Though Jim Reeves’ life ended with a plane crash on July 31, 1964 his recording career continued for many years. Jim’s widow Mary and his record label RCA VIctor continued to release and actively promote new singles and albums. This was possible was because of multi-track tape that allowed studio technicians to isolate Jim’s original vocals and then overdub new musical accompaniment and background singers. Also at the time of his death Jim had many unreleased test and demo recordings. Some were recorded in his basement studio with his band. One of those songs “Distant Drums” was written by Cindy Walker. Jim recorded the demo as a favor to her so she could pitch it to another artist. The song’s references to a young couples separation as the man goes off to war was not relevant to that time. But just a few years later massive troop call-ups for the Vietnam War made those lyrics timely. Producer Chet Atkins recorded new instrumental backing for the song on February 9, 1966 and released it a single the next month. It became Jim’s biggest posthumous hit topping the chart for four weeks.

    Roy Orbison was first to commercially record the song in 1963. However his version was not released until late 1965 when it became the “B” side of a Monument single. Roy’s performance is also excellent.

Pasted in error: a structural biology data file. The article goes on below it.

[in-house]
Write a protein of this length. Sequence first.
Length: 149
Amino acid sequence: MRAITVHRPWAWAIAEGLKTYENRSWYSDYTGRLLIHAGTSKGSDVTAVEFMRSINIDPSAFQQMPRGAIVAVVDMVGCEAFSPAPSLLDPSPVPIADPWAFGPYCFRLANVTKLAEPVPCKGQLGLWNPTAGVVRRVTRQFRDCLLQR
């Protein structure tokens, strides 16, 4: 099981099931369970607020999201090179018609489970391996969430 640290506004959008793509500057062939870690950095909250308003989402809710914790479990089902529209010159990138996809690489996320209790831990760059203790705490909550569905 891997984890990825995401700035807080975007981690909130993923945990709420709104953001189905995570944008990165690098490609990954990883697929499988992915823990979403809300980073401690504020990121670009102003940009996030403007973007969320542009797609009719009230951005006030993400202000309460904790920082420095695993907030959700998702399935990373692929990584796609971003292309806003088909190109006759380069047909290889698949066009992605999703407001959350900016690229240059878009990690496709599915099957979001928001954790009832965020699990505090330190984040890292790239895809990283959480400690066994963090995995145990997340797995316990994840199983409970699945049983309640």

• Razor X May 22, 2016 at 9:28 pm

      It’s actually quite impressive that RCA was able to get #1 singles from a deceased artist for as long as they did. It’s not an easy thing to do when the artist isn’t around to promote the record — especially a year or two down the road after all the news stories about the artist’s death have died down.

      • luckyoldsun May 23, 2016 at 3:46 am

        When Conway Twitty died in 1993, he had just finished a new, contemporary sounding album for MCA. MCA released it, but radio treated the singles like toxic waste. The first single made it to #62 and the second one didn’t chart at all, so the record label gave up. Of course, Conway was almost 60 when he died. Reeves “benefited” from being only 40 when he was killed.
        The only modern country artist that I can think of who died while he was still in the “major leagues” at radio was Keith Whitley, who was in his 30’s when he died. And they did manage to get a string of hits–including two number 1’s, a top-15 duet with Lorrie Morgan, and a #2 duet with Earl Thomas Conley– out of him post-death. But his “success” was nothing like Reeves’.